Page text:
When empty, the thickness of the bag (that is its height when lying flat, or its depth when standing upright) is approximately 13 centimeters. When the bag and its pockets are comfortably filled this dimension can be as much as approximately 41 centimeters; its soft-sided construction permits stuffing the bag and its pockets beyond that point.

Note Type: Citation
Notes: George B. Ben and Marja : a wartime romance. Publisher unknown, 2016.

Note Type: Citation
Notes: Benjamin I. Schneiderman Biographical File. Archives. Located at: Wood Library-Museum of Anesthesiology, Schaumburg, IL.

Note Type: Physical Description
Notes: One garment bag; The measurements given in the short physical description are those for the bag laid flat and full length; The exterior of the bag is made of olive-colored canvas; The interior is linked with a black fabric; The top side of the bag has three sections; The upper section has a pocket marked: “BENJAMIN I. SCHNEIDERMAN [new line] CAPT. M.C. 0-381209”; The middle section has a leather handle with metal fittings; The lower section has a pocket marked: “0-381209”; Below this pocket there is a cloth loop sewn to the bag; This loop holds a woven textile strap; The bottom side of the bag has two metal zippers that meet in the center, forming a parabola; The tongue is missing from one zipper; The tongue of the other zipper holds two metal rings; Inside the front panel of the bag there is a metal wire bracket that can hold several clothes hangers; The back panel of the bag is reinforced with a stiff board inside the lining; This panel has no exterior features; The cloth is much soiled and worn, with some tears.

Note Type: Reproduction
Notes: Photographed by Mr. Steve Donisch, June 19, 2017.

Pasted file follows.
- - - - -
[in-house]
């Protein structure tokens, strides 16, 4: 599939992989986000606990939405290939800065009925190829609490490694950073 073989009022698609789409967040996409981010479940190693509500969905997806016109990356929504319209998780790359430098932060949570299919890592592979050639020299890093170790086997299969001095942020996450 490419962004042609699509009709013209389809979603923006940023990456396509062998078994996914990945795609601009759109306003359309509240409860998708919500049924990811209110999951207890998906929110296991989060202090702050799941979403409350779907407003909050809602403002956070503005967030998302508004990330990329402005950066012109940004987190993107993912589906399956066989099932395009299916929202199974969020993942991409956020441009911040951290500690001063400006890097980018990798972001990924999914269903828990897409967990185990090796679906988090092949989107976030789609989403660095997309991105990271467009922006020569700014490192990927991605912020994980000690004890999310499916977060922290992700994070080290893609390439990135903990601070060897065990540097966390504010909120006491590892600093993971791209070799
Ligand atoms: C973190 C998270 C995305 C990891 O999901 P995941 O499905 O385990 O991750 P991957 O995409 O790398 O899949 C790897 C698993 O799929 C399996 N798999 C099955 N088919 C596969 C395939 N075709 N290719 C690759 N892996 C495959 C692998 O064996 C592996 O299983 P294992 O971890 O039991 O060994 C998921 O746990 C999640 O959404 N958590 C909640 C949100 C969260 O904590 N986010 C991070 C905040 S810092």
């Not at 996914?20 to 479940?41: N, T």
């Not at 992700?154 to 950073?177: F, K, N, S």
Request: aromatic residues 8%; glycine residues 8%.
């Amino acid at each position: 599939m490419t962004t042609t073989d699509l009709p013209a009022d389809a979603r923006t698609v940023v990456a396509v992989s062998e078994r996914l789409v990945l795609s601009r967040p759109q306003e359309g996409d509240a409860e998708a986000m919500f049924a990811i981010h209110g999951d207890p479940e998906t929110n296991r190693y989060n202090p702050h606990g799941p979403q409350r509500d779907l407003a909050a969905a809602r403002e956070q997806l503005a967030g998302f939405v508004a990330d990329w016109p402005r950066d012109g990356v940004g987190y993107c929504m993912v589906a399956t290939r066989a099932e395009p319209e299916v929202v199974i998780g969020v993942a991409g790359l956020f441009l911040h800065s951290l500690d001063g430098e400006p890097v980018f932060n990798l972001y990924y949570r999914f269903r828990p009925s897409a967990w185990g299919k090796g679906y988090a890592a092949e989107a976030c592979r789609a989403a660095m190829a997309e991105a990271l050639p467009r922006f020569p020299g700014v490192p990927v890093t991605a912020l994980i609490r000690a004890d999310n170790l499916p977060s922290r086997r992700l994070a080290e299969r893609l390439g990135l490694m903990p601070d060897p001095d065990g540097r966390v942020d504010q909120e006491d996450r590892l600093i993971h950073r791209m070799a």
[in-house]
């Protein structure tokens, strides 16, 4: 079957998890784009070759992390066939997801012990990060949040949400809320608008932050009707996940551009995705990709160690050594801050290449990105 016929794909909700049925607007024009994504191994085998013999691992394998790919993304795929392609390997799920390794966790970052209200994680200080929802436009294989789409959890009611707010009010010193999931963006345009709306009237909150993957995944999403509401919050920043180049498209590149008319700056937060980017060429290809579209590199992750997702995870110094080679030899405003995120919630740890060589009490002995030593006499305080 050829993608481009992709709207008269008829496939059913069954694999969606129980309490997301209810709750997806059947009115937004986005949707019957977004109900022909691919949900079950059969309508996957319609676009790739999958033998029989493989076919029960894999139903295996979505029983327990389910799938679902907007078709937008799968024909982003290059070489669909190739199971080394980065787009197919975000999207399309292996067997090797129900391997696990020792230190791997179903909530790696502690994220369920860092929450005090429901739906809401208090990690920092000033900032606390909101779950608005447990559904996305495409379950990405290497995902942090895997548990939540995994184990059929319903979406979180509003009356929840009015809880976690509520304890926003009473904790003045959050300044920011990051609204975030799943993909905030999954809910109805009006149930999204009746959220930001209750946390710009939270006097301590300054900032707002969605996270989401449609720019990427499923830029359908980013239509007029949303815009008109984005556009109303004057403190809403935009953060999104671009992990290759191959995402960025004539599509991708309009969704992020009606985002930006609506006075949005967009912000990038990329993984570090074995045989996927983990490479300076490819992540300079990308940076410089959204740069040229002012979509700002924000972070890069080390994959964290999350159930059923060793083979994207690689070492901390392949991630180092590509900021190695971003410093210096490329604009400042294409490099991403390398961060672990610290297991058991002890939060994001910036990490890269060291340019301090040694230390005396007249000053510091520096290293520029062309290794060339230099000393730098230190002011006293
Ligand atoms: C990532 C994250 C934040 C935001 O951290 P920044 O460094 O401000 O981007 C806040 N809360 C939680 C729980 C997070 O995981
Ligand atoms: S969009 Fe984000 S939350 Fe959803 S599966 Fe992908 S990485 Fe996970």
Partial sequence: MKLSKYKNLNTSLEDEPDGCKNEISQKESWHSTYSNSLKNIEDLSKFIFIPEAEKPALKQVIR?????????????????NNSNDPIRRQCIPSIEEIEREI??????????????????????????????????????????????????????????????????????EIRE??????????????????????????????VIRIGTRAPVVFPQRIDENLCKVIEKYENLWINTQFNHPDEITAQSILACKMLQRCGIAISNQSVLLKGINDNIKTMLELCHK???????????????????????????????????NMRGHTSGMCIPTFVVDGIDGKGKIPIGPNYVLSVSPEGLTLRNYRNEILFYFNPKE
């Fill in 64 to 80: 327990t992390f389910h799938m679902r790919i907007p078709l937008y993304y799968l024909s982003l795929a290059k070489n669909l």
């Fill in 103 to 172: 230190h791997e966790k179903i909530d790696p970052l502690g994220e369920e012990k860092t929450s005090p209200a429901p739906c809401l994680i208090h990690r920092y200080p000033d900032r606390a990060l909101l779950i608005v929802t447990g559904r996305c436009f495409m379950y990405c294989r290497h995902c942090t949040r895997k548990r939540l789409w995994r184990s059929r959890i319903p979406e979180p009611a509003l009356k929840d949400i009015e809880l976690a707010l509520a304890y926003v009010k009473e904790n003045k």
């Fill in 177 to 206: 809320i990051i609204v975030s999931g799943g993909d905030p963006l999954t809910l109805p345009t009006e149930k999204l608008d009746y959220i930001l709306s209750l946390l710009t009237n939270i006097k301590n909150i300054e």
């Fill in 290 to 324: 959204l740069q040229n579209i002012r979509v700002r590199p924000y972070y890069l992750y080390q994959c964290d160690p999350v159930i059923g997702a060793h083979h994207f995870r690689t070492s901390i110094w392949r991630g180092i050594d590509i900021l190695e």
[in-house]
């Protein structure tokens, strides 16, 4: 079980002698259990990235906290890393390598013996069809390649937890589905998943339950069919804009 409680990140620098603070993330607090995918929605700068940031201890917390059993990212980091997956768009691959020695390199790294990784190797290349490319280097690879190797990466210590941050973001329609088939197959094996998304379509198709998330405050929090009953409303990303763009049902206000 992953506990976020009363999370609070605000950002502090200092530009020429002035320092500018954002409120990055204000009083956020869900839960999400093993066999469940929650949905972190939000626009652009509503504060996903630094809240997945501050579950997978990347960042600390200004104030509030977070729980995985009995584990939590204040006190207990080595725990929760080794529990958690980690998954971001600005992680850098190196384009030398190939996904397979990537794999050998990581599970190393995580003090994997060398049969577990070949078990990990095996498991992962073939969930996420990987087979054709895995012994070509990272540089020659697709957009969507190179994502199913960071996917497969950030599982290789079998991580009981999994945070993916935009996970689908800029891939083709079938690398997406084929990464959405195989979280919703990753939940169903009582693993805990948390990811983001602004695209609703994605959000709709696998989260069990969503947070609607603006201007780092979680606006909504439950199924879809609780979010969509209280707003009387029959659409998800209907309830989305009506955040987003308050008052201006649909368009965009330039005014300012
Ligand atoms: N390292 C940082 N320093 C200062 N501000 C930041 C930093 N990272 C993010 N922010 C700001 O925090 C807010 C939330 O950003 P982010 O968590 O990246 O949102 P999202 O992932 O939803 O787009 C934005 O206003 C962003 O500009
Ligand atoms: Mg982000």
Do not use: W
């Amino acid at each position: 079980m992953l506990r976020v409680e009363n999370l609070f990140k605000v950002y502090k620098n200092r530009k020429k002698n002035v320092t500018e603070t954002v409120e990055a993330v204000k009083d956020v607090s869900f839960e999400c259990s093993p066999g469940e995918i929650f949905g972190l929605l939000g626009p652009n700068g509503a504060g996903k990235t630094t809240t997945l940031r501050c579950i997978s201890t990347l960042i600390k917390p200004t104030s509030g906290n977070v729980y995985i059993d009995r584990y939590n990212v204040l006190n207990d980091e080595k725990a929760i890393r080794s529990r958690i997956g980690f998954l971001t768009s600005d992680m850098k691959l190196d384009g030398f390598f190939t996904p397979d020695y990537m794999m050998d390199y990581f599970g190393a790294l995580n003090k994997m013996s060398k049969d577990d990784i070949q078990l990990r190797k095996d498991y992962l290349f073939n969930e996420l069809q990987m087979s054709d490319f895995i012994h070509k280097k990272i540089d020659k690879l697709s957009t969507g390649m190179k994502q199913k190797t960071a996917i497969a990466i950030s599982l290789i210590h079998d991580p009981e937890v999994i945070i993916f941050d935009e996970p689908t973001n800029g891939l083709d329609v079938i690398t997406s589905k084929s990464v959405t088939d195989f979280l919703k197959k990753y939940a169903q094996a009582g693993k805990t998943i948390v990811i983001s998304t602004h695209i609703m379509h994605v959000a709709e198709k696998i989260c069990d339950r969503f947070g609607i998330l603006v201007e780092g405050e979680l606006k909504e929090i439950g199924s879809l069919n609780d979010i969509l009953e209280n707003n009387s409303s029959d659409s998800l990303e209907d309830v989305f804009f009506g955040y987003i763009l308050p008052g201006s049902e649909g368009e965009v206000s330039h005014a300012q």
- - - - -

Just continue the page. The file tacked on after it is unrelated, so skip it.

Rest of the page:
Note Type: Acquisition
Notes: Gift of Mrs. Barbara George, daughter of Dr. Schneiderman.

Note Type: Historical
Notes: Native New Yorker Benjamin I. Schneiderman, M.D. (1914-1984) earned his medical degree from New York University College of Medicine (NYU) in 1939. The following year, he had his internship at the affiliated Bellevue Hospital. From January, 1941 to June, 1942, he had his residency in anesthesiology at Bellevue under Emery A. Rovenstine, M.D. (1895-1960). Dr. Rovenstine was a member of the prestigious “Aqualumi” who had trained under Ralph M. Waters, M.D. (1883-1980), and was the founder of the Department at Anesthesiology at NYU.

In July, 1942, Dr. Schneiderman joined the United States Army. Through the end of WWII, he served as a Captain in the Army Medical Corps, and was awarded the Bronze Star for heroic and meritorious service. Shortly after the war, he donated a captured German oxygen apparatus to the WLM. His well-worn Army garment bag was given to the WLM by his daughter, Mrs. Barbara George.

Dr. Schneiderman’s postgraduate training made him better qualified than most of the anesthesiologists in the Medical Corps. Because there were too few anesthesiologists in the armed forces at the start of U. S. involvement in the war, many physicians were pressed to take crash courses in anesthesiology. That program of three-month classes at civilian hospitals was developed by the National Research Council, with the assistance of leaders in the American Society of Anesthesiologists.

Note Type: Exhibition
Notes: Selected for the WLM website.